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FDA issues potency testing guidance for COVID antibody treatments

Posted 14 January 2021 | By Kari Oakes 

FDA issues potency testing guidance for COVID antibody treatments

Amid the coronavirus pandemic, the US Food and Drug Administration has issued guidance on potency assays for manufacturers of monoclonal antibodies and other therapeutic proteins to treat COVID-19. The guidance is immediately effective for the duration of the public health emergency.
In the ordinary course of business, FDA would have engagement with drug developers to work on potency assays “over a span of years.” However, according to the guidance, “given the compressed development timelines associated with therapeutics intended to treat COVID-19, FDA is issuing this guidance to provide more detailed recommendations to drug developers with the goal of facilitating more complete submissions.”
The agency intends to support “all scientifically sound approaches to attenuating the clinical effect of COVID-19,” and to do so expediently as the pandemic continues largely unabated. In general, potency assay methods should provide comprehensive assessment of the known or potential mechanisms of action of the monoclonal antibody or protein and should also be sensitive enough to demonstrate lot-to-lot consistency.
Therapeutic agents falling under this guidance may come to the FDA through the emergency use authorization route, but sponsors may also submit investigational new drug applications or biologics license applications. The guidance details the various mechanisms by which monoclonal antibodies and therapeutic proteins such as scaffold fusion proteins might ameliorate the effects of COVID-19.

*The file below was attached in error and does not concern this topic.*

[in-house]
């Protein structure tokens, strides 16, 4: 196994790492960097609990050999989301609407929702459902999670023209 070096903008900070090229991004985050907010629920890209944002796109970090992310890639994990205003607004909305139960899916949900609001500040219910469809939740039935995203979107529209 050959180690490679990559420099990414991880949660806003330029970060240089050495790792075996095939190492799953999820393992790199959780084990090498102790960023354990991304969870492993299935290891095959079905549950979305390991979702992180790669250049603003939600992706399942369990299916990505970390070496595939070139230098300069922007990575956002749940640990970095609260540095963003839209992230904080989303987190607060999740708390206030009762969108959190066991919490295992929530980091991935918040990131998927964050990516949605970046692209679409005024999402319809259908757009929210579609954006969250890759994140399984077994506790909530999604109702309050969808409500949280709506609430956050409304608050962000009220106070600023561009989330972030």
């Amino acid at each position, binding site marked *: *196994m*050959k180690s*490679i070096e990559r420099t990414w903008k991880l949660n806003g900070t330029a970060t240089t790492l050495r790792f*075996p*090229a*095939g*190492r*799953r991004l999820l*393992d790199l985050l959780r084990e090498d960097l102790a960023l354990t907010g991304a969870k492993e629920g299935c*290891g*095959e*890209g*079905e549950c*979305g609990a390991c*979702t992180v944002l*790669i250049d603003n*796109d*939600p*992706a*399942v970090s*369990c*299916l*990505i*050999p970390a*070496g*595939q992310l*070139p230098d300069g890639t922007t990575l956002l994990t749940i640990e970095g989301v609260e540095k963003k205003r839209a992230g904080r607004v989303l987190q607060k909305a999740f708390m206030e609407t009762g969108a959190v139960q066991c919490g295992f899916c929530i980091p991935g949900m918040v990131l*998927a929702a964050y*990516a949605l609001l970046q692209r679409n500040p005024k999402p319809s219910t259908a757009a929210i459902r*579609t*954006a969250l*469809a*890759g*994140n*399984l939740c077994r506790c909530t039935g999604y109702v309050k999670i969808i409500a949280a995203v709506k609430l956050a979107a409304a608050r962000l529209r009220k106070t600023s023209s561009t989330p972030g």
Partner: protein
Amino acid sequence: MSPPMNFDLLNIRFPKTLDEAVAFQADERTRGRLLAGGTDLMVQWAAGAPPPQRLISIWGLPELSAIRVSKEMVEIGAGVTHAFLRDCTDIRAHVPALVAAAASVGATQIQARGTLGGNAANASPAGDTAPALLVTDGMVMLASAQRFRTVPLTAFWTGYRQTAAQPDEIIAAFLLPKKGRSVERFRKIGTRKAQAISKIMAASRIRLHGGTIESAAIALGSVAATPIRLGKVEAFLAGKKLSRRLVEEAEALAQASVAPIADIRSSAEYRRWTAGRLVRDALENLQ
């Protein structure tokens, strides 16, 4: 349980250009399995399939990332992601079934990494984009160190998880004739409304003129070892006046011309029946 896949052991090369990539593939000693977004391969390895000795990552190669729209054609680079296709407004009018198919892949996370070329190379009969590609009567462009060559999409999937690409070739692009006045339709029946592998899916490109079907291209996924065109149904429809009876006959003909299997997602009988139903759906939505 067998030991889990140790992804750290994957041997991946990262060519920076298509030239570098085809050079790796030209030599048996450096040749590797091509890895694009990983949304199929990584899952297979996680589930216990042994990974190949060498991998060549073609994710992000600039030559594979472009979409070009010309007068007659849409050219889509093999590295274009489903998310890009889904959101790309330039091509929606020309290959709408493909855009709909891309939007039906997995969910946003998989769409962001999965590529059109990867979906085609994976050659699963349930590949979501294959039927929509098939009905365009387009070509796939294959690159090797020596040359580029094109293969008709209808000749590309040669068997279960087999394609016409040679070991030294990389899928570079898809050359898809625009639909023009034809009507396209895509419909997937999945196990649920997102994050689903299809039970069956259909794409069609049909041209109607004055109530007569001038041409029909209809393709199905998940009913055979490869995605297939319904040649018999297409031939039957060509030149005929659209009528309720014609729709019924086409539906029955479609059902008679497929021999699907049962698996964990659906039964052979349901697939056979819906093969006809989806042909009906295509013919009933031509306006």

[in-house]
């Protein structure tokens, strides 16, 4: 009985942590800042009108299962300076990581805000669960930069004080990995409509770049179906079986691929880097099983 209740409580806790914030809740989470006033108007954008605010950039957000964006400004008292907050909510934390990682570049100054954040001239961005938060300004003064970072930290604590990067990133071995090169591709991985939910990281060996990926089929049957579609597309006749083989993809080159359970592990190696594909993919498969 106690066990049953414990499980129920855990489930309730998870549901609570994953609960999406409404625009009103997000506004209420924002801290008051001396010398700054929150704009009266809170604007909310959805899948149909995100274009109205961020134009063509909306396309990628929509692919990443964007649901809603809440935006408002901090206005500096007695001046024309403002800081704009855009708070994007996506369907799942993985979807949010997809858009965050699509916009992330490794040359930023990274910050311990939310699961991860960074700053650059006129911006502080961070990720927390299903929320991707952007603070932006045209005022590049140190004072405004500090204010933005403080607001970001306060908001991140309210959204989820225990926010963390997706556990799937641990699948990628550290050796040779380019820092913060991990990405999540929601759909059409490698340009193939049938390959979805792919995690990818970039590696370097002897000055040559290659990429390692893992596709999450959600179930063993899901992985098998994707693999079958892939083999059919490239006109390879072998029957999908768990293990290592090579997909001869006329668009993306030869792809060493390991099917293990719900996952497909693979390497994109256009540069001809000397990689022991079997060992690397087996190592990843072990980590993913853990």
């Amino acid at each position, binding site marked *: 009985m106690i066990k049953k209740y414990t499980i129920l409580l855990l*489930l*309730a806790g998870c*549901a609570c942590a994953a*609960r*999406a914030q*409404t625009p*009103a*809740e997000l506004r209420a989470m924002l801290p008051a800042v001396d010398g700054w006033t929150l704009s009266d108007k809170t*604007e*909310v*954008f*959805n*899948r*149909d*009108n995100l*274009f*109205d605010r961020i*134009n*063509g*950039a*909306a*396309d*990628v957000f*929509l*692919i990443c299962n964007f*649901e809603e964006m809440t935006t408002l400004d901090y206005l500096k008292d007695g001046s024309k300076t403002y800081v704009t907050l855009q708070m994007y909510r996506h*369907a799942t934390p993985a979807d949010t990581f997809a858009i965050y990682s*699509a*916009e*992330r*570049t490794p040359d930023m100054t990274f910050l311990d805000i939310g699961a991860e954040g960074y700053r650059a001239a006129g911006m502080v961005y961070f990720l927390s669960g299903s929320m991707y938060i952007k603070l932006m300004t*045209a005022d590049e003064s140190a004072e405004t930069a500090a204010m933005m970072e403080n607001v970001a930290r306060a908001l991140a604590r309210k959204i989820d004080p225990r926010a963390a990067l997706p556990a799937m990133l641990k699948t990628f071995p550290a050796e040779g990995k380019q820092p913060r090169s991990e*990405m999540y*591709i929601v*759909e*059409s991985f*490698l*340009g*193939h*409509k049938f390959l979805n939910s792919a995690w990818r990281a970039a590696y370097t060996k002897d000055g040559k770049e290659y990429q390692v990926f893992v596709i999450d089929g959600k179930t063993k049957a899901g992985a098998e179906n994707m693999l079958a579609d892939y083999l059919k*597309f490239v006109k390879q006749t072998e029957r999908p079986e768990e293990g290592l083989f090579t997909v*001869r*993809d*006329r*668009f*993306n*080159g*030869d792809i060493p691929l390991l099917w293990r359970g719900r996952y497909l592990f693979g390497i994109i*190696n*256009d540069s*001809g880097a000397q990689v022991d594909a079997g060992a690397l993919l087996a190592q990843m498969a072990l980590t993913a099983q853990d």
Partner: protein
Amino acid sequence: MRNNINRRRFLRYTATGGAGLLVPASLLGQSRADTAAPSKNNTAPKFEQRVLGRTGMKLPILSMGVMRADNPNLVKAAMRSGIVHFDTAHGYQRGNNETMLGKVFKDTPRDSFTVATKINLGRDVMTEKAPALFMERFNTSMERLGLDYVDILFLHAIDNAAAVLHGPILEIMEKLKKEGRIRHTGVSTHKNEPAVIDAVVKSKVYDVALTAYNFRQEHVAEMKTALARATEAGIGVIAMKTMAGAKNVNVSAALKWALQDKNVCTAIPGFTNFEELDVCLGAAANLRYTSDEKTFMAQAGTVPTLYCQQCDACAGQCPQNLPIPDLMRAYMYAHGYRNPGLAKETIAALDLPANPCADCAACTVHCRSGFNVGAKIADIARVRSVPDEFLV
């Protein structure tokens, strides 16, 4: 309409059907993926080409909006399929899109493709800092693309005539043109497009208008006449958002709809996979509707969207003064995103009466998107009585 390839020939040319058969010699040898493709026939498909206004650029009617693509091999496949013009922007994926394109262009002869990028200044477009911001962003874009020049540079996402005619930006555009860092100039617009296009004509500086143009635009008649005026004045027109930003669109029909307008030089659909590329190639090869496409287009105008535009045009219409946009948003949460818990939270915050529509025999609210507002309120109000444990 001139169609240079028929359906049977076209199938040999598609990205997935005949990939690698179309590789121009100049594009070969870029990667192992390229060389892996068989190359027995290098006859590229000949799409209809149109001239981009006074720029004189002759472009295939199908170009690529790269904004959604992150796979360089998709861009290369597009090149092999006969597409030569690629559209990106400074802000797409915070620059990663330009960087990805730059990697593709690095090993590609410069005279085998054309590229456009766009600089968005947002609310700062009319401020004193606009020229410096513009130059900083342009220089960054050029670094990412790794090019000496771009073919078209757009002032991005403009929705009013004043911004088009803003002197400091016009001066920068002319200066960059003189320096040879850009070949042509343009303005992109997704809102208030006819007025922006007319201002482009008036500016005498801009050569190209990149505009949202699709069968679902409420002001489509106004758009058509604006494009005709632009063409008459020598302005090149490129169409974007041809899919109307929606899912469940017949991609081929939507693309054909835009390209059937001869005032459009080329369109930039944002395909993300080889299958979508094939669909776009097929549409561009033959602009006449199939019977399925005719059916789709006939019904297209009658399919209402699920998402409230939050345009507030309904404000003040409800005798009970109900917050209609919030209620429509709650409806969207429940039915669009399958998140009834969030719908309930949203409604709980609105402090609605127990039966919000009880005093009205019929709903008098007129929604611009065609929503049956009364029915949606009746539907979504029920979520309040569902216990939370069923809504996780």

In terms of specific methods, binding assays will generally be sufficient to support a submission and generally will be developed during the early stages of product development.  “Although helpful in the initial phases of development, these assays do not directly confirm the product’s ability to inhibit the target protein’s activity and should not be used in lieu of methods that confirm potency,” cautioned FDA in the guidance.
When a product is meant to keep the SARS-CoV-2 spike protein from binding to ACE2 – the point of the virus’ entry into human cells – FDA recommends a potency assay since it is a “better reflection of the intended mechanism of action.”
Viral neutralization assays, said FDA, are a more comprehensive way to assess both mechanism of action and potency. In vitro neutralization assays should be established early in the development process.
The guidance walks developers through the steps of SARS-CoV-2 virus entry into cells and addresses key considerations for several types of viral neutralization assays. Fc-effector function assays are also addressed; “FDA recommends including an FcγRIIIa-mediated/natural killer cell antibody-dependent cell-mediated cytotoxicity assay, as that appears to be the most sensitive to changes in glycosylation.”

The guidance also lays out additional considerations to be addressed when sponsors develop their potency assays for these products, including the importance of using isolates prevalent in the HS, providing genome sequences or GenBank IDs, maintaining a master cell bank, and other considerations.
FDA also acknowledges that “novel mechanisms of action that are not addressed in this guidance may be identified in the future,” so sponsors should consult individually with the agency in these cases.
Convalescent plasma is explicitly excluded from the guidance, as are hyperimmune globulins, vaccines, and cell and gene therapies.



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